The Lead Amnesia Syndrome

Symptoms of Lead Induced Amnesia

Former Mayor Michael R. White in the early 1990s  faced pressure to act after testing revealed dangerous levels of lead in the blood of 86 percent of kids tested in Glenville, the neighborhood he’d represented. In 1993 he held a summit at the Cleveland Convention Center that included 200 participants, including a panel of 45 national, state and local experts. [  ] Despite initial enthusiasm, over the next ten years projects that emerged from the summit either stalled or expired.

Jane Campbell, elected in 2001, also vowed to reduce the scourge. In 2004, Campbell announced that public and private agencies would join forces to eliminate childhood lead poisoning in 10 years. "We want to become a national model," Campbell said. The effort included plans to screen more children, enforce lead abatement laws and train more workers to remediate aging housing stock. It would be aided by a $1.6 million grant from the Saint Luke’s Foundation that would re-energize work of the Greater Cleveland Lead Advisory Council.

In 2005 Cleveland enacted a Lead Safe Housing registry. No one ever registered.'

In 2006, the city’s health director and chair of the city’s public-private lead advisory council, Matt Carroll, acknowledged that neither of the city’s goals could be met. The work was stymied in part by federal cuts to lead prevention and remediation programs and by federal grants lost because of mismanagement and slow progress. See Someone Else's Problem 

In 2016, The Cleveland Branch of the Federal Reserve bank held a symposium on childhood lead poisoning. "

In 2021, Governor DeWine released a Lead Task Force Final Report. Three years later the State of the State message focused on child well being, but never mentioned lead poisoning.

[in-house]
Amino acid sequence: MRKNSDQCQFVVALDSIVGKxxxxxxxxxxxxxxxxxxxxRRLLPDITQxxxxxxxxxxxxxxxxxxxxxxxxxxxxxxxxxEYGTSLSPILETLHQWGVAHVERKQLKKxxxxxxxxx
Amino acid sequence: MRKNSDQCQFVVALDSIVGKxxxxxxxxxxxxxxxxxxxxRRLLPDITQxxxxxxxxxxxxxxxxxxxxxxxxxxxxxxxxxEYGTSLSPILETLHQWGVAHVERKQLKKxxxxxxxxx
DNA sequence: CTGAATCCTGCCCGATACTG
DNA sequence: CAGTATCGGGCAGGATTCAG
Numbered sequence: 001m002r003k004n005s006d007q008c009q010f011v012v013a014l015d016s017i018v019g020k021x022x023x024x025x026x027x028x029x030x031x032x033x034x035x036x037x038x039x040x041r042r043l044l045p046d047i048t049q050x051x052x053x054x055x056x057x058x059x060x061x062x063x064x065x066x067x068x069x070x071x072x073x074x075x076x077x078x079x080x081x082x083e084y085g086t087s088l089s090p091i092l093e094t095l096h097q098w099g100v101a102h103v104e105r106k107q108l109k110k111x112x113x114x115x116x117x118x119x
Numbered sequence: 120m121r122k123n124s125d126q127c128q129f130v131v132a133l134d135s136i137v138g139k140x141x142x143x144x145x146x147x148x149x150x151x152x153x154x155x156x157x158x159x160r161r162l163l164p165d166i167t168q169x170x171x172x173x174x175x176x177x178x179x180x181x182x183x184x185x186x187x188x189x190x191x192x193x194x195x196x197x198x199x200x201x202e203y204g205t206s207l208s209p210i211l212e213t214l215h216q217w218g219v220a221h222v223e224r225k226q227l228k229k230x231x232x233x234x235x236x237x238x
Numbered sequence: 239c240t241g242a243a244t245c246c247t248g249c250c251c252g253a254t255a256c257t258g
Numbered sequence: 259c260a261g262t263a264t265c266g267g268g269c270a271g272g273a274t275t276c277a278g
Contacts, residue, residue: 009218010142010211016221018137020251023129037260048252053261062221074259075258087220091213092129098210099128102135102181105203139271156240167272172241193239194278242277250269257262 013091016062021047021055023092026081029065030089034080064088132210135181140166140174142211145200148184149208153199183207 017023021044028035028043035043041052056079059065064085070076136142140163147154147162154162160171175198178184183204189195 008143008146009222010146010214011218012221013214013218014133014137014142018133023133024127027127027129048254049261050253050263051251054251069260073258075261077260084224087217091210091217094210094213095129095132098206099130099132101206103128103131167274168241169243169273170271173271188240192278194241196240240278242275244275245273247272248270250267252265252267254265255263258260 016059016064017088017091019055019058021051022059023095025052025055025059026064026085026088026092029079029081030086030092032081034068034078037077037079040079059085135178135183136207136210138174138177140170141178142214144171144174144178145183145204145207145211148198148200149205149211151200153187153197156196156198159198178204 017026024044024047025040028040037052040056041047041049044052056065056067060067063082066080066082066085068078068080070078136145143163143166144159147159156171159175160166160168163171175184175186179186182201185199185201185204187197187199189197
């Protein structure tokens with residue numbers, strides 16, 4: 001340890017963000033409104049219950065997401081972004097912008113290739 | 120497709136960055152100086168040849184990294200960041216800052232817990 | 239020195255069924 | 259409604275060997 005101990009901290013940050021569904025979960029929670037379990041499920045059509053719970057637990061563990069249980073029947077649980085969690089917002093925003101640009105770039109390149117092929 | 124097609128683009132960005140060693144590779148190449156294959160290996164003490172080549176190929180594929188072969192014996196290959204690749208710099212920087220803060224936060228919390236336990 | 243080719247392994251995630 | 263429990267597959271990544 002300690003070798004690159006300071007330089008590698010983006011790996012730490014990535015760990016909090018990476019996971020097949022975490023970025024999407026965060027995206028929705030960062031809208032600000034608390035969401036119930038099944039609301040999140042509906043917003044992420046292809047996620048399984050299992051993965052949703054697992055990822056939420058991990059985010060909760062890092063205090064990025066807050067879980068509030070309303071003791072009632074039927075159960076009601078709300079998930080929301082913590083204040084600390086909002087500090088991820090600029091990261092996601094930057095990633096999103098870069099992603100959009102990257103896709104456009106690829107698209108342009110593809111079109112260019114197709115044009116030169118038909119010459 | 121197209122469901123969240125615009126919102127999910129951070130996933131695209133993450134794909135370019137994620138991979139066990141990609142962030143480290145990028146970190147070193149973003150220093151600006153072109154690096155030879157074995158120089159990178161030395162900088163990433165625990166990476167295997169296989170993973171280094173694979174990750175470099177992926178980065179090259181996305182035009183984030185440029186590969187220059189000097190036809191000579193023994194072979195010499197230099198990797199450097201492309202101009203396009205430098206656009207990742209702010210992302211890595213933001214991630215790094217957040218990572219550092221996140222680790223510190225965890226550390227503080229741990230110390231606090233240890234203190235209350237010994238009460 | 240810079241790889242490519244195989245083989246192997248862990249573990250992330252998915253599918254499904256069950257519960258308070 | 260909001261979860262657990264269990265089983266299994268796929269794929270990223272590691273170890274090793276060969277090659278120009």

In May 2023, Ohio Department of Health adopted a new definition of lead poisoning called "elevated blood lead" Under ODH guidance, EBL is to be treated with outreach and education of parents during normal working hours. No inspections until a child's EBL reaches 10 mg/dl.  Wait! that was same the standard that Ohio used BEFORE the CDC standard issued in 2021.  A person who works in "the system" observed that the decision to make a change that was no change was "driven by economic considerations."

The Lead Amnesia Hypothesis is based on the simple observable fact that the less the public is exposed to news about lead, the more likely they are to forget that lead is a problem.

Related syndrome is the famous "if we don't talk about it, lead poisoning will go away" policy.

Along the way, Cleveland has encountered the "move the sofa" remediation which involves moving the sofa will prevent a poisoned child from coming into contact with lead dust on the windowsill. 

Predictably another crisis will come along (Pandemic, Say Yes to Education, Racism as a Public Health issue...) to divert the public eyes (and dollars) away from lead poisoning. After all you can't see lead. Many times there are no symptoms. Didn't we remove lead from paint in 1978? From gas in the 1980s? So what's the problem now?

Related conditions. Somebody Else's Problem.